Kullaberg weekend: climbing and sight-seeing

During a climbing session at Kullaberg.

Last weekend, I revisited the beautiful peninsula of Kullaberg. It's a relatively short drive from where I live, and there is so much to see there! I've been here before, here's a mad photo on Instagram where I'm free-climbing a short portion of the cliffs.

This time, there was a possibility to get a few more photos, which I'm very happy and thankful for! Usually, your buddy is busy climbing, so taking photos is not safe, but this time I got help from Lars to get some shots. It's difficult to see the height of the cliffs, but you can see the sea water far below.

Getting back into the saddle! Only upwards, only forwards.

To start with, there is the climbing. Kullaberg has got world-class crags, there's something for everyone. No matter what the weather is, it's always possible to find a protected place with many different routes. The water meets the cliffs down below, and it's breathtakingly beautiful.


From the top, I snapped this photo of another climber at the same cliff section. She's also an on-call fireman!


Me and a friend from Skåne climbed for a while, attempting a very nice chimney among others. The sun was warm, and while the cold northern wind was ripping at the vegetation on the top, we were protected by the warm cliffs while climbing. The chimney was still cold, otherwise it was t-shirt weather in my opinion!

Chimney climbing in Kullaberg

Inside of a chimney, solving the upclimb

For me, it was the first step of getting back into the saddle after the accident in the swedish mountains in February. Proving to myself I still can climb, even though I need to choose the easier routes, is an important step - and through baby steps, I'm heading back to where I was before. I'm still recovering, but I believe I'll be good as new in just a couple of weeks from now!

It's not only about the climbing. Amazingly beautiful surroundings are waiting to be discovered!

Apart from climbing, Kullaberg has great walks, beautiful lighthouses, some nice caves, and nature to admire. A path that is unmarked on any official map leads to the rocky beach along a steep terrain, probably difficult in wet weather. Suddenly it turns into an artwork, you come into it and become a part of it. You also enter a micro-nation, Ladonia. The long-debated Nimis is still there to fascinate and to draw crowds of adventure-seekers, art lovers, and just curious tourists. The debate and the juridical processes around it are all considered a part of the conceptual art. The structures are organic, as if built by an alien civilization of insect-like beings, on a planet with less gravitation that ours.


Sculpture of Nimis, a detail.

Nimis too can be climbed - at your own risk! My professional interest in the hazards had me asking about the local rescue efforts, and my guess was correct - there are a lot of people getting stuck or injured around here, mostly on the way here or back. For those that are humble about their capabilities, there are possibilities to carefully walk around. A fixed rope is put in place at the steepest part.

The nearby sculpture of Arx is also epic, resembling something from yet another civilization. Probably termite-like aliens, the organic shapes towering against the maritime horizon. The story behind it is as fascinating as Nimis. It's supposed to be a book about the "unsayable", and is also registered as a book, stones marked with numbers to represent pages - so that it was protected by the law of free speeach and publishing, just like a regular book is.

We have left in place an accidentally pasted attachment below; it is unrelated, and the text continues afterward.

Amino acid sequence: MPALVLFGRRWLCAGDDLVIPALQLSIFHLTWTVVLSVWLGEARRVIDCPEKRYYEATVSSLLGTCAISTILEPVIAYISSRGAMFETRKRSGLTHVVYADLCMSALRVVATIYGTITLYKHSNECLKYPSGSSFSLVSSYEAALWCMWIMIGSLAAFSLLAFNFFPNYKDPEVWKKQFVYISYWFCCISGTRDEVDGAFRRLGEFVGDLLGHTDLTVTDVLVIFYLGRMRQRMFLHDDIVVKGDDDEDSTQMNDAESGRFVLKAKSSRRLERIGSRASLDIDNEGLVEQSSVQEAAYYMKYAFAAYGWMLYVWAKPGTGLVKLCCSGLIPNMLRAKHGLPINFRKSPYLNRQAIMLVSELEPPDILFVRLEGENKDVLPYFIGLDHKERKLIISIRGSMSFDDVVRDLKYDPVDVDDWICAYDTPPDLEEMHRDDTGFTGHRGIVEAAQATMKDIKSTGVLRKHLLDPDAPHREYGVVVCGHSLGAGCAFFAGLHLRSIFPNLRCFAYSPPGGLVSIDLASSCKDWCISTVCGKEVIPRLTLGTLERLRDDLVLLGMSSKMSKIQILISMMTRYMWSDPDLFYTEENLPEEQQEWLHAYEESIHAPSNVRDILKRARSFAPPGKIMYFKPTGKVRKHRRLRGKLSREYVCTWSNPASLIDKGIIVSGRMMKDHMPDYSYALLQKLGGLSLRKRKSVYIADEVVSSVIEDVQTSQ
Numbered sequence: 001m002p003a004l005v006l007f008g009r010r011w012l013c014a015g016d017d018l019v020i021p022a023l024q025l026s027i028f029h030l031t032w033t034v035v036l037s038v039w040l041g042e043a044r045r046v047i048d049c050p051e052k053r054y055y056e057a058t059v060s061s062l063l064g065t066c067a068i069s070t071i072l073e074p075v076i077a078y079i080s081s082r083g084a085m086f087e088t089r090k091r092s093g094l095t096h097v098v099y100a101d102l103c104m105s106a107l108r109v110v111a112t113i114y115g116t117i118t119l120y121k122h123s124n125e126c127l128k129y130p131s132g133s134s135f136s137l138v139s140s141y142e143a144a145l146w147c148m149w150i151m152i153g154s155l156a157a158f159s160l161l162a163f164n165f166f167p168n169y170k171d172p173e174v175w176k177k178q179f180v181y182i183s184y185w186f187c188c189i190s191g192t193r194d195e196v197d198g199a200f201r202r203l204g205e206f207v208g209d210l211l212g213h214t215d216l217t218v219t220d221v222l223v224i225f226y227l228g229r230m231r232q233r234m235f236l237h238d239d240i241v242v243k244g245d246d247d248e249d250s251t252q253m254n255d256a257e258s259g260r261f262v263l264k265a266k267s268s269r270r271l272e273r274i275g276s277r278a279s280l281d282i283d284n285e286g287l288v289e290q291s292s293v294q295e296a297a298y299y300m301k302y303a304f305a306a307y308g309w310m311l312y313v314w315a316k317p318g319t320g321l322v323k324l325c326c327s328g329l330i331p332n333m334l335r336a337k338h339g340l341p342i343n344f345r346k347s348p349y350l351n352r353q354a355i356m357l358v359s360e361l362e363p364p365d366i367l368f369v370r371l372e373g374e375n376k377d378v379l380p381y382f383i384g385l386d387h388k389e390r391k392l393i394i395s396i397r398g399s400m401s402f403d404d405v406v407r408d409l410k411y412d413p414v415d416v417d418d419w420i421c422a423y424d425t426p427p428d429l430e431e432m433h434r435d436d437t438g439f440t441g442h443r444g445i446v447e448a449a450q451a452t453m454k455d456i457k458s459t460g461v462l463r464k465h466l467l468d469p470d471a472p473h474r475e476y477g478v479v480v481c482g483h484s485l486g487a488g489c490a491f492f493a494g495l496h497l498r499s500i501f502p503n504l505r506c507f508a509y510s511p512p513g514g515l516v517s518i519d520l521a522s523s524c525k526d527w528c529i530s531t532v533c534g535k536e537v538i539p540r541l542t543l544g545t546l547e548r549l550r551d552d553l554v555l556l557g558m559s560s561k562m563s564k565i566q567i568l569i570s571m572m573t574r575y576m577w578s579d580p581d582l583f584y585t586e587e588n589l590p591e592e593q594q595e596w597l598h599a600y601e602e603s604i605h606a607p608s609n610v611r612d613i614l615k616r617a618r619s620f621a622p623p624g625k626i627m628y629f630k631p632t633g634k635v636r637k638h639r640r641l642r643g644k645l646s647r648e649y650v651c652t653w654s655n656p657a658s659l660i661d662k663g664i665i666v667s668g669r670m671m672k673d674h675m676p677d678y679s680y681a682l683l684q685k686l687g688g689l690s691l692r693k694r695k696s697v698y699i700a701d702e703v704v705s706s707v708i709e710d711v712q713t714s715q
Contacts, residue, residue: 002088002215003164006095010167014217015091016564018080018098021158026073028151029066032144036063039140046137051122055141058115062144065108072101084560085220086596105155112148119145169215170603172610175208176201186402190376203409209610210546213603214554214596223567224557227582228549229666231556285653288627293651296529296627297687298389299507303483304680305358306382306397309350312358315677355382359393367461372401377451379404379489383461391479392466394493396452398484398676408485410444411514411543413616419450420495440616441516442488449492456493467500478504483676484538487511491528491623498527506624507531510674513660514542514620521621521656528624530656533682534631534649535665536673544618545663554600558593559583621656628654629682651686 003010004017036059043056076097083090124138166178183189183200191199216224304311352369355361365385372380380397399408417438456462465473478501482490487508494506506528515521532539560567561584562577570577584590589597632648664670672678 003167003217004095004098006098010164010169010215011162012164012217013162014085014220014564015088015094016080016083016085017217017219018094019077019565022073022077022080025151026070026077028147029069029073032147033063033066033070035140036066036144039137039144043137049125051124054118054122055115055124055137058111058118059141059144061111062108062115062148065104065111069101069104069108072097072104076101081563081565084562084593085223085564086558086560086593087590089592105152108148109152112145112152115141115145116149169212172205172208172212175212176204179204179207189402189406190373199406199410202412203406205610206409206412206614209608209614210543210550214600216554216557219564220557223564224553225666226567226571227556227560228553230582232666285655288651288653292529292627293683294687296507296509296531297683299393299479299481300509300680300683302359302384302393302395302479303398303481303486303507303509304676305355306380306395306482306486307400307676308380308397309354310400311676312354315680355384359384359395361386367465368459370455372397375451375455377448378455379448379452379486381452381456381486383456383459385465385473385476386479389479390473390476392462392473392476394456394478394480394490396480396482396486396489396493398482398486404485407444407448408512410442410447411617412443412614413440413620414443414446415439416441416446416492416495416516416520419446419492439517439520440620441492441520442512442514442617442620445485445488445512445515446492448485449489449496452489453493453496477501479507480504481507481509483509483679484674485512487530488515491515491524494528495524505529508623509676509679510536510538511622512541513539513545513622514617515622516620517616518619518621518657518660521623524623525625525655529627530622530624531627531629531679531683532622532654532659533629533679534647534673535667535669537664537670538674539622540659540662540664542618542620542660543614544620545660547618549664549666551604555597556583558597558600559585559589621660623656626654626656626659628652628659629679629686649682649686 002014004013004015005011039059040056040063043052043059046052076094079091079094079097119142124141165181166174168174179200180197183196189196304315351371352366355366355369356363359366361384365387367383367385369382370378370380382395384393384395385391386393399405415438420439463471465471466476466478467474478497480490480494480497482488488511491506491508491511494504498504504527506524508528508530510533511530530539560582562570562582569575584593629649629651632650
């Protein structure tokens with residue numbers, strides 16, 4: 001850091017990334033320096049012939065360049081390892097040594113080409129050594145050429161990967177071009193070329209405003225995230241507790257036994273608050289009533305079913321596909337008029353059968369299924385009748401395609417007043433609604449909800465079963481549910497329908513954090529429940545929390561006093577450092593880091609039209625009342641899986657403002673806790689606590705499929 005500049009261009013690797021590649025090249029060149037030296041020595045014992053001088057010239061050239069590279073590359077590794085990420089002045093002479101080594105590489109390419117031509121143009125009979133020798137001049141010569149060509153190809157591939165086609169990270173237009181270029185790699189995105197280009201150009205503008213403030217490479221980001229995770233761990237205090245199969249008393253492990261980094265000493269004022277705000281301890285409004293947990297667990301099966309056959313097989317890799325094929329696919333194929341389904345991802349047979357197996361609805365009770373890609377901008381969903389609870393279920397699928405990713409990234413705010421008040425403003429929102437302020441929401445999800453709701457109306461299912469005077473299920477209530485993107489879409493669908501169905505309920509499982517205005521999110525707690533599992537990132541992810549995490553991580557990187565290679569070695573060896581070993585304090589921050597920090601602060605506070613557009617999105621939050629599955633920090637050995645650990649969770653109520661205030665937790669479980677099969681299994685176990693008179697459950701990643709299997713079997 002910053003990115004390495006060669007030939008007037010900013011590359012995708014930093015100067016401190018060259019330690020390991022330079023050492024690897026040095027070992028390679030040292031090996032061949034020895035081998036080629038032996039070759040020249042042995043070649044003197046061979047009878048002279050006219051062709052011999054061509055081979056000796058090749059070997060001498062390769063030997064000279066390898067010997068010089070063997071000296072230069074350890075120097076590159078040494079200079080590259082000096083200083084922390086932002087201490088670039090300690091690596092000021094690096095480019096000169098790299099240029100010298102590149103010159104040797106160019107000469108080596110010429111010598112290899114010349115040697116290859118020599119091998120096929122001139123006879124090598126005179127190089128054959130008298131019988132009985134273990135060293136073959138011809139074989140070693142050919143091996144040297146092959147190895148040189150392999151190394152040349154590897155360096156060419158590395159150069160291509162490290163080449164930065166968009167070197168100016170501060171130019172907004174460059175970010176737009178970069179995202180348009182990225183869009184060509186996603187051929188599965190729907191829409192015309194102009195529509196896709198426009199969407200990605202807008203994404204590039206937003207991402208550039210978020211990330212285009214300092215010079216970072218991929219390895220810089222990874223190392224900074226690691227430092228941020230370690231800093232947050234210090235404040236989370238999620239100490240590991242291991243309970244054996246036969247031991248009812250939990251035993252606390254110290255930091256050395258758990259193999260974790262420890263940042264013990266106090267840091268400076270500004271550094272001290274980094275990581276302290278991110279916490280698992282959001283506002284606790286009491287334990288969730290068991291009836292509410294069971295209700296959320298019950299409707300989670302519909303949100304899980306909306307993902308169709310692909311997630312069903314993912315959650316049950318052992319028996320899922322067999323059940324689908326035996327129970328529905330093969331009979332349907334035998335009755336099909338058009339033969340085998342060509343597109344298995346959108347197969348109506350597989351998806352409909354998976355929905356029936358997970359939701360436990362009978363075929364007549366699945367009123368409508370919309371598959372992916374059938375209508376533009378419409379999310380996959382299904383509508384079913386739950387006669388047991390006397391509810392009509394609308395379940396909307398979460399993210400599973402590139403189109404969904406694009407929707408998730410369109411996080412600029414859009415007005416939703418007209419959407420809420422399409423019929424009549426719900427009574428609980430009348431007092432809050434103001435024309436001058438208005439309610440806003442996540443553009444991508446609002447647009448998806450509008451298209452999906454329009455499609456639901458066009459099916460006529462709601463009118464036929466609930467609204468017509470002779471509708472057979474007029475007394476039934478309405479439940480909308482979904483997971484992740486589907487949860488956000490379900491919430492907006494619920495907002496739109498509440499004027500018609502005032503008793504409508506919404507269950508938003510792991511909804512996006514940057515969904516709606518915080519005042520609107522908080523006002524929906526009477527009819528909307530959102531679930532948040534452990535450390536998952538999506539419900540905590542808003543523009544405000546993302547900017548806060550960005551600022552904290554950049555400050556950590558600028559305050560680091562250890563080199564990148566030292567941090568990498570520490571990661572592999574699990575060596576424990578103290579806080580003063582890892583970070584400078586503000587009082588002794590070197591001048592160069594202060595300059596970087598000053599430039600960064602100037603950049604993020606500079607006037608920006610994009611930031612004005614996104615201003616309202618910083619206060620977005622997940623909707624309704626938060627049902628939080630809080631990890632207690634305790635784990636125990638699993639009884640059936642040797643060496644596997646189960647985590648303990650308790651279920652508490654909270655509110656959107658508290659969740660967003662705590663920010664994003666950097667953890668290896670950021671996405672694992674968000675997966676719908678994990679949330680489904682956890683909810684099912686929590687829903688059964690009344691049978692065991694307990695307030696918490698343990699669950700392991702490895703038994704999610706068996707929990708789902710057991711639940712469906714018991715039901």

The sculptures of Arx.

The artist himself is highly debated, because of more modern controversies. You can read more about him here. He has produced lots of books, one being about using authorities as an art medium.

Apart from controversial art, there is a lot of other down-to-earth creations to enjoy. This is the well-known pottery area, Höganäs being the most known place, and there are more tiny potteries, garden shops and cafés. At any tiny village, you can find pittoresque places to have a Swedish Fika; one of my favourite is of course the Fire Station in Mölle. The old station was rebuilt to become a café and a small shop, retaining all the charm and beauty of a vintage small town by the sea.

A gazebo by the vinyards, made for resting and enjoying life. A perfect after-climb!

The agriculture blooms in the Kullaberg microclimate. The lamb are grazing in the green grass. You can find farms growing asparagus, tomatoes, strawberries, and lots of flower markets. And last, but not least - apple and grape farms. Here is a great place to taste Swedish wine from locally produced grapes, at three vineyards at least. Also, dry cider is being made. I'll be working on an article concerning the wine only - stay tuned!

The food tradition here is amazing. Perfect to be enjoyed by the sea, with a glass of local wine.

Yes, you guessed correctly, I'm already longing to get back. The spring/summer season is already here, in contrast to where I usually live and climb - the nights are still freezing cold, and it hails or snows during daytime despite the bright April sun in between. But at the moment, I'm preparing for yet another adventure to take place in early May. I'll tell you more in the next post.